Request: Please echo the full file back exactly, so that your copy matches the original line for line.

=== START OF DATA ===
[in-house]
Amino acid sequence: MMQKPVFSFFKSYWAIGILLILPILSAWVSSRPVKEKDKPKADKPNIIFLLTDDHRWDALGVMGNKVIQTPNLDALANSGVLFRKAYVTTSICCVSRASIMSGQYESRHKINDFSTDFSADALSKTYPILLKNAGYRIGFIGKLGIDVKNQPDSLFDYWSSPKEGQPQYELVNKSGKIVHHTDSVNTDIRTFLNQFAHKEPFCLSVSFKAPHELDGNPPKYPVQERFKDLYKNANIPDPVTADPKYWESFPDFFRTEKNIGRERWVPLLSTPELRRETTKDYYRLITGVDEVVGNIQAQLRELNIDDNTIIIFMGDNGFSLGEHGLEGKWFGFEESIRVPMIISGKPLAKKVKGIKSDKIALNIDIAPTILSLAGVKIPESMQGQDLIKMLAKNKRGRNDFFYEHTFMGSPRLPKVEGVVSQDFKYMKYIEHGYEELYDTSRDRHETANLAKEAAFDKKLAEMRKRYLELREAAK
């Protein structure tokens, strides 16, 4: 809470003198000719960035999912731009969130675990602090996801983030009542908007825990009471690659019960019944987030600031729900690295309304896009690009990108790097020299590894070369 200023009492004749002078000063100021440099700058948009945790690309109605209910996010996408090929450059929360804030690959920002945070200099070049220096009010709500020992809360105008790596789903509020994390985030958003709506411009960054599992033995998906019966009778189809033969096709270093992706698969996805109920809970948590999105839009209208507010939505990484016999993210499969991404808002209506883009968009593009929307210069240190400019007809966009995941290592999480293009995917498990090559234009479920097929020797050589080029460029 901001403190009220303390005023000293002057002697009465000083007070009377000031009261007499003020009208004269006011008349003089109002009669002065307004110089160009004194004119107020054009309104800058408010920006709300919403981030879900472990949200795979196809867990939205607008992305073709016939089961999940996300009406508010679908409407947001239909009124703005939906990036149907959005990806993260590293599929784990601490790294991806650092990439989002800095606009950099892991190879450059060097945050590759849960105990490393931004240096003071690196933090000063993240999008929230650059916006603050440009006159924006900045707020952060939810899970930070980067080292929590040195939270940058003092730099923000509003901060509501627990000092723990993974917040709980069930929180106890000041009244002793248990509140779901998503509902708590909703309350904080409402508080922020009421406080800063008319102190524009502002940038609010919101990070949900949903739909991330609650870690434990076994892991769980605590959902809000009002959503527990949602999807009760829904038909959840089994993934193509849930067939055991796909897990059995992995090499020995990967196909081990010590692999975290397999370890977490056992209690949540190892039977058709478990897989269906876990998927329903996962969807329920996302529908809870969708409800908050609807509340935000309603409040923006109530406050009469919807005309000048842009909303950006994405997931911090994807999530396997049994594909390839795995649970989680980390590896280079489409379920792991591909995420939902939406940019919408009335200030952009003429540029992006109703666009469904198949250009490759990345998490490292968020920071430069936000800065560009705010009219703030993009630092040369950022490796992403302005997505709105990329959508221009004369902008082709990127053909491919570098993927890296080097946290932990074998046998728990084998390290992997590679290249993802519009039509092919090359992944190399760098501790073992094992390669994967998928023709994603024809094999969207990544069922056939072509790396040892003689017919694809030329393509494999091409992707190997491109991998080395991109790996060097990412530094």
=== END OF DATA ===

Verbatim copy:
[in-house]
Amino acid sequence: MMQKPVFSFFKSYWAIGILLILPILSAWVSSRPVKEKDKPKADKPNIIFLLTDDHRWDALGVMGNKVIQTPNLDALANSGVLFRKAYVTTSICCVSRASIMSGQYESRHKINDFSTDFSADALSKTYPILLKNAGYRIGFIGKLGIDVKNQPDSLFDYWSSPKEGQPQYELVNKSGKIVHHTDSVNTDIRTFLNQFAHKEPFCLSVSFKAPHELDGNPPKYPVQERFKDLYKNANIPDPVTADPKYWESFPDFFRTEKNIGRERWVPLLSTPELRRETTKDYYRLITGVDEVVGNIQAQLRELNIDDNTIIIFMGDNGFSLGEHGLEGKWFGFEESIRVPMIISGKPLAKKVKGIKSDKIALNIDIAPTILSLAGVKIPESMQGQDLIKMLAKNKRGRNDFFYEHTFMGSPRLPKVEGVVSQDFKYMKYIEHGYEELYDTSRDRHETANLAKEAAFDKKLAEMRKRYLELREAAK
């Protein structure tokens, strides 16, 4: 809470003198000719960035999912731009969130675990602090996801983030009542908007825990009471690659019960019944987030600031729900690295309304896009690009990108790097020299590894070369 200023009492004749002078000063100021440099700058948009945790690309109605209910996010996408090929450059929360804030690959920002945070200099070049220096009010709500020992809360105008790596789903509020994390985030958003709506411009960054599992033995998906019966009778189809033969096709270093992706698969996805109920809970948590999105839009209208507010939505990484016999993210499969991404808002209506883009968009593009929307210069240190400019007809966009995941290592999480293009995917498990090559234009479920097929020797050589080029460029 901001403190009220303390005023000293002057002697009465000083007070009377000031009261007499003020009208004269006011008349003089109002009669002065307004110089160009004194004119107020054009309104800058408010920006709300919403981030879900472990949200795979196809867990939205607008992305073709016939089961999940996300009406508010679908409407947001239909009124703005939906990036149907959005990806993260590293599929784990601490790294991806650092990439989002800095606009950099892991190879450059060097945050590759849960105990490393931004240096003071690196933090000063993240999008929230650059916006603050440009006159924006900045707020952060939810899970930070980067080292929590040195939270940058003092730099923000509003901060509501627990000092723990993974917040709980069930929180106890000041009244002793248990509140779901998503509902708590909703309350904080409402508080922020009421406080800063008319102190524009502002940038609010919101990070949900949903739909991330609650870690434990076994892991769980605590959902809000009002959503527990949602999807009760829904038909959840089994993934193509849930067939055991796909897990059995992995090499020995990967196909081990010590692999975290397999370890977490056992209690949540190892039977058709478990897989269906876990998927329903996962969807329920996302529908809870969708409800908050609807509340935000309603409040923006109530406050009469919807005309000048842009909303950006994405997931911090994807999530396997049994594909390839795995649970989680980390590896280079489409379920792991591909995420939902939406940019919408009335200030952009003429540029992006109703666009469904198949250009490759990345998490490292968020920071430069936000800065560009705010009219703030993009630092040369950022490796992403302005997505709105990329959508221009004369902008082709990127053909491919570098993927890296080097946290932990074998046998728990084998390290992997590679290249993802519009039509092919090359992944190399760098501790073992094992390669994967998928023709994603024809094999969207990544069922056939072509790396040892003689017919694809030329393509494999091409992707190997491109991998080395991109790996060097990412530094």